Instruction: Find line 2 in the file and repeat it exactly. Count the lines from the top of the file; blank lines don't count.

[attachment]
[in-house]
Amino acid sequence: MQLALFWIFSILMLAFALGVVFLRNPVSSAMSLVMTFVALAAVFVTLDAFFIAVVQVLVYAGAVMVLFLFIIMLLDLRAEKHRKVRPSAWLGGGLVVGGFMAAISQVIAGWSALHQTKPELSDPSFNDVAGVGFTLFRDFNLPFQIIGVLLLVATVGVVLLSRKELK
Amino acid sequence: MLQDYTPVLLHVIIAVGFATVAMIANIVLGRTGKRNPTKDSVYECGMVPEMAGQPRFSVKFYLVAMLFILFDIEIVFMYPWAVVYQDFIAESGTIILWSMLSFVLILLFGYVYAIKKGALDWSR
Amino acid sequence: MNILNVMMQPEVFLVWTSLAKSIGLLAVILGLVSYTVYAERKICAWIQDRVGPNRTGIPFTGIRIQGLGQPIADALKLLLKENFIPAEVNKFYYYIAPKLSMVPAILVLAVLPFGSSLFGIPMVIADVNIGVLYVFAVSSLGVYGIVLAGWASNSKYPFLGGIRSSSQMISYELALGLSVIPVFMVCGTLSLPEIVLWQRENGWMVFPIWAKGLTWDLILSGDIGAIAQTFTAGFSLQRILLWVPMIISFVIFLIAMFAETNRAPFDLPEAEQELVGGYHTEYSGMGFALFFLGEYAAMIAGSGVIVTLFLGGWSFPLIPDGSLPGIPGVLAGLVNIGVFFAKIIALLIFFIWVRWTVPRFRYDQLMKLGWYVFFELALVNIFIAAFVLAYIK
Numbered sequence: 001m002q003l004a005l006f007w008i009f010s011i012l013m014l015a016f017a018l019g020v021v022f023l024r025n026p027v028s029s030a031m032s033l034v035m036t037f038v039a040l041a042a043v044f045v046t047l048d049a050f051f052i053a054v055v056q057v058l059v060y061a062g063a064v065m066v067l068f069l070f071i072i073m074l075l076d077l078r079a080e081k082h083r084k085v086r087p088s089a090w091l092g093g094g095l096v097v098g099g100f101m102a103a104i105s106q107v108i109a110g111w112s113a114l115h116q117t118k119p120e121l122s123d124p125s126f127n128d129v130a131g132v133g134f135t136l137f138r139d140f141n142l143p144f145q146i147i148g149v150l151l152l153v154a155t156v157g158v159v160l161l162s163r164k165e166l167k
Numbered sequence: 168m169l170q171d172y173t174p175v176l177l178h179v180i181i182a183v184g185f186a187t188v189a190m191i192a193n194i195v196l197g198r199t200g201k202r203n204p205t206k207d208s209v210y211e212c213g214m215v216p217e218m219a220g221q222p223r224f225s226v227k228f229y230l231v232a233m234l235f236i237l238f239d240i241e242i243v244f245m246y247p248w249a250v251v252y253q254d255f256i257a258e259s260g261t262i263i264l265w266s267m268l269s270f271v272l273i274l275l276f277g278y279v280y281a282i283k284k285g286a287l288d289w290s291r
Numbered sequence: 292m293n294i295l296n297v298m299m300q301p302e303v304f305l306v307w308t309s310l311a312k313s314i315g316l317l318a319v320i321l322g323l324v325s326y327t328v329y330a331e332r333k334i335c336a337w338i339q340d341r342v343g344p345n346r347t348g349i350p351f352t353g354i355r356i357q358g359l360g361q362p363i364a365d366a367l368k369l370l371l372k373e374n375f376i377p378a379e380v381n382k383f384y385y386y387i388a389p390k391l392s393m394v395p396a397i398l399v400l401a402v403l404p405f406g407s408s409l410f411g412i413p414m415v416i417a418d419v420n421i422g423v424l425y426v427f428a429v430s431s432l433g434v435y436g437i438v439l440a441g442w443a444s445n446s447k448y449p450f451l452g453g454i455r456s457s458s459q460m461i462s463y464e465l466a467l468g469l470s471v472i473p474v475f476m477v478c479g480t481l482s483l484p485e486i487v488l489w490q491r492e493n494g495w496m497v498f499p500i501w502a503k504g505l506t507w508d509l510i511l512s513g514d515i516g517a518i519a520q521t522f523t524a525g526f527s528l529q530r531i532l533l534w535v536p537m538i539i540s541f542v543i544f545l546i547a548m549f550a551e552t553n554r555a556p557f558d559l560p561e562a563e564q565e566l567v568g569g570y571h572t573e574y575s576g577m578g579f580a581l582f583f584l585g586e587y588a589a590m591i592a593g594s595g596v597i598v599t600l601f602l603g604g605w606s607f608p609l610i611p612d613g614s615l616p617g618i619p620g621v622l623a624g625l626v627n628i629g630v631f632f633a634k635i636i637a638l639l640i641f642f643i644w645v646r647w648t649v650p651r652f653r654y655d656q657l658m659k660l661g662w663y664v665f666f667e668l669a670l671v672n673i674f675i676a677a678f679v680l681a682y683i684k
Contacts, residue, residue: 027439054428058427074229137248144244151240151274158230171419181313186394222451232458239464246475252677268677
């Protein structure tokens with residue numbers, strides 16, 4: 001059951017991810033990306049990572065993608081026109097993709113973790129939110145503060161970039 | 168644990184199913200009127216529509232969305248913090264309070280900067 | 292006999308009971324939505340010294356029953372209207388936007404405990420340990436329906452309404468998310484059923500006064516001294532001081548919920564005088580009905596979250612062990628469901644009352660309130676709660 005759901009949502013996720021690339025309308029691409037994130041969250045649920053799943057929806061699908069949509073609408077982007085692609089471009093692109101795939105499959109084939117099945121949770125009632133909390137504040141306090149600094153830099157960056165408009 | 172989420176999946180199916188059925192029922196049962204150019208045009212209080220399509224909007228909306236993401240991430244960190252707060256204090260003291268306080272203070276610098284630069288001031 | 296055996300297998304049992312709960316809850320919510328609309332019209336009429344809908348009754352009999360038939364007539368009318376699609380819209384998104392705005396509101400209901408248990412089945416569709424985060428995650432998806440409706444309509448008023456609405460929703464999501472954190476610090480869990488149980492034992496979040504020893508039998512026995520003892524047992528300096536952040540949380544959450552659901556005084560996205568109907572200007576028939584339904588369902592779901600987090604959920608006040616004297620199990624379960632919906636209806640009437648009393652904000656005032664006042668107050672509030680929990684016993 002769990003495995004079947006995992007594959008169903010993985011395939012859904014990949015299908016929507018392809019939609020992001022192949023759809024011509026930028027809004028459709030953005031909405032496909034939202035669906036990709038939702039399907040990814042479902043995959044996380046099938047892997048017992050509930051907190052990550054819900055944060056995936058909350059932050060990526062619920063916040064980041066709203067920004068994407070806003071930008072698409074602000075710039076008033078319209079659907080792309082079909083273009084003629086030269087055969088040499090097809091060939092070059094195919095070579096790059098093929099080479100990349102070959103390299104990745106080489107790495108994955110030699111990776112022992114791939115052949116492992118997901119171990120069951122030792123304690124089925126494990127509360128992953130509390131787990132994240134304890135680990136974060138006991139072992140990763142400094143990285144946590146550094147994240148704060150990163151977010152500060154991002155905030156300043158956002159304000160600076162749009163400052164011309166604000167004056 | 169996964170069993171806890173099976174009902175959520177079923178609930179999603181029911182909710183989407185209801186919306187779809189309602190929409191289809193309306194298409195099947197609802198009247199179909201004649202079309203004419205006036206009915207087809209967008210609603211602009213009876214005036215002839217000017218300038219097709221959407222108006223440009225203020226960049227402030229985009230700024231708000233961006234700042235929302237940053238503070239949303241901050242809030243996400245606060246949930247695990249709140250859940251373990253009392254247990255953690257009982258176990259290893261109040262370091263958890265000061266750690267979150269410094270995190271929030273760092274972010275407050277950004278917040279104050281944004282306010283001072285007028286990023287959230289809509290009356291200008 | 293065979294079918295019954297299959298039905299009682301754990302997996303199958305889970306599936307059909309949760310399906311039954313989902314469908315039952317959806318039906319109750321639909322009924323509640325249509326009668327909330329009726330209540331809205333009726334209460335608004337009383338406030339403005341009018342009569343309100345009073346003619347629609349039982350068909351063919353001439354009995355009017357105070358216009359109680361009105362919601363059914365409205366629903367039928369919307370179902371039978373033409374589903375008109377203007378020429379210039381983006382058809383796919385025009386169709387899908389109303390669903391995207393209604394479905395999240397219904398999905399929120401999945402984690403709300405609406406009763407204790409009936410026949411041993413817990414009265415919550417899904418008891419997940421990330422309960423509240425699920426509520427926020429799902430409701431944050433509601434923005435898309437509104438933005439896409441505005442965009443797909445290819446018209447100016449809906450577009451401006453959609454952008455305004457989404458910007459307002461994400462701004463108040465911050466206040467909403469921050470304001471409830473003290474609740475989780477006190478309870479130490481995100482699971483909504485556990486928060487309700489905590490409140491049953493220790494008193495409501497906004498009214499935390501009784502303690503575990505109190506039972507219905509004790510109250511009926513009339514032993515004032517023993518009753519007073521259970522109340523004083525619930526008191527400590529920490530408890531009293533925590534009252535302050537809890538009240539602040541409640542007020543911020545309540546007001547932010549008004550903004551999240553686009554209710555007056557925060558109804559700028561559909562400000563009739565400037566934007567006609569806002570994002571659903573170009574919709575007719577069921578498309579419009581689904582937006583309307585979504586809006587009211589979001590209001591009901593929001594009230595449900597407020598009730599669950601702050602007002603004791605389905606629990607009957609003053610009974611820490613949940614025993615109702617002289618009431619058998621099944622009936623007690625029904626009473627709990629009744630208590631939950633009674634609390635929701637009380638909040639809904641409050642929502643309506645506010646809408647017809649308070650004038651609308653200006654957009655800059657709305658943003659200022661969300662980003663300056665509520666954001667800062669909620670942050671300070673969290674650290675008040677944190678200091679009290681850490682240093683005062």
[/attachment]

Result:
Amino acid sequence: MQLALFWIFSILMLAFALGVVFLRNPVSSAMSLVMTFVALAAVFVTLDAFFIAVVQVLVYAGAVMVLFLFIIMLLDLRAEKHRKVRPSAWLGGGLVVGGFMAAISQVIAGWSALHQTKPELSDPSFNDVAGVGFTLFRDFNLPFQIIGVLLLVATVGVVLLSRKELK